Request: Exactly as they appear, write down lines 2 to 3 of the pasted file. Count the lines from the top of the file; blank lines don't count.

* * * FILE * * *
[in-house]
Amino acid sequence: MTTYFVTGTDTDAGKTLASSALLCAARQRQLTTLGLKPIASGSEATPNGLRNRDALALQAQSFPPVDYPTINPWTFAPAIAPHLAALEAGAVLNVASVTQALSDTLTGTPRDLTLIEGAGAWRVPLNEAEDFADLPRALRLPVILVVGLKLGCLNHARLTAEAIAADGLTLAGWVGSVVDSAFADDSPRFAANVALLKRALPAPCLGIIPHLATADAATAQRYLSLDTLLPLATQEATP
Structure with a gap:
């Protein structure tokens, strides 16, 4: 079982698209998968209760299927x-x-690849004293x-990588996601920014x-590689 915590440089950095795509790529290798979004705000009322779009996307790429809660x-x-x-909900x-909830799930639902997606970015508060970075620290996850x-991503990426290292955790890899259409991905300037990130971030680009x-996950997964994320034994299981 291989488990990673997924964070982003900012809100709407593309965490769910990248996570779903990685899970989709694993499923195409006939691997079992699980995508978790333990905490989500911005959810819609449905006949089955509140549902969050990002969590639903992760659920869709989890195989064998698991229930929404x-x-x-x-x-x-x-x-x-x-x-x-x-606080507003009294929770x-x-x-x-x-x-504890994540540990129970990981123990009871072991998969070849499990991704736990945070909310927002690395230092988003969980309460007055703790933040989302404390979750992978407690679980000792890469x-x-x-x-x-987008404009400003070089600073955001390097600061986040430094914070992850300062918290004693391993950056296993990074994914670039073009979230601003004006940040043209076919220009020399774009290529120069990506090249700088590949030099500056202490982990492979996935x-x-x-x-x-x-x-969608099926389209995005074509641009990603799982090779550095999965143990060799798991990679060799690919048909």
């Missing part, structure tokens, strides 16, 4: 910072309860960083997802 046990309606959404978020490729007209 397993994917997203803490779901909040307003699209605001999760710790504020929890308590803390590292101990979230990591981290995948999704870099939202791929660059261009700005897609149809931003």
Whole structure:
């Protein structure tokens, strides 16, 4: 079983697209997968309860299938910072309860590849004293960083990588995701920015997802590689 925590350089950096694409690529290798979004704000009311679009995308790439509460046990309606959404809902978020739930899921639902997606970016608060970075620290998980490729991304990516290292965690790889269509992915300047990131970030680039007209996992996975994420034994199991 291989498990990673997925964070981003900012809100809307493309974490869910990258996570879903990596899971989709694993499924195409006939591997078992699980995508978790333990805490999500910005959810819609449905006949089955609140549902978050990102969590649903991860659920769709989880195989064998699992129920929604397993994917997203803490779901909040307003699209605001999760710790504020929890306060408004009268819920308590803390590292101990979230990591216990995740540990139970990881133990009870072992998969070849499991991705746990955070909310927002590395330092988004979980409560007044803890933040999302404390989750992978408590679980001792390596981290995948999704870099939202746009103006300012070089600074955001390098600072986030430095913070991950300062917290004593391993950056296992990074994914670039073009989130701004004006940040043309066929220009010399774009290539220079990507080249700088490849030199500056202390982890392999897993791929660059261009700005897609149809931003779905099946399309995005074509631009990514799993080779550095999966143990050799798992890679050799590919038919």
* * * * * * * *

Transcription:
Amino acid sequence: MTTYFVTGTDTDAGKTLASSALLCAARQRQLTTLGLKPIASGSEATPNGLRNRDALALQAQSFPPVDYPTINPWTFAPAIAPHLAALEAGAVLNVASVTQALSDTLTGTPRDLTLIEGAGAWRVPLNEAEDFADLPRALRLPVILVVGLKLGCLNHARLTAEAIAADGLTLAGWVGSVVDSAFADDSPRFAANVALLKRALPAPCLGIIPHLATADAATAQRYLSLDTLLPLATQEATP
Structure with a gap: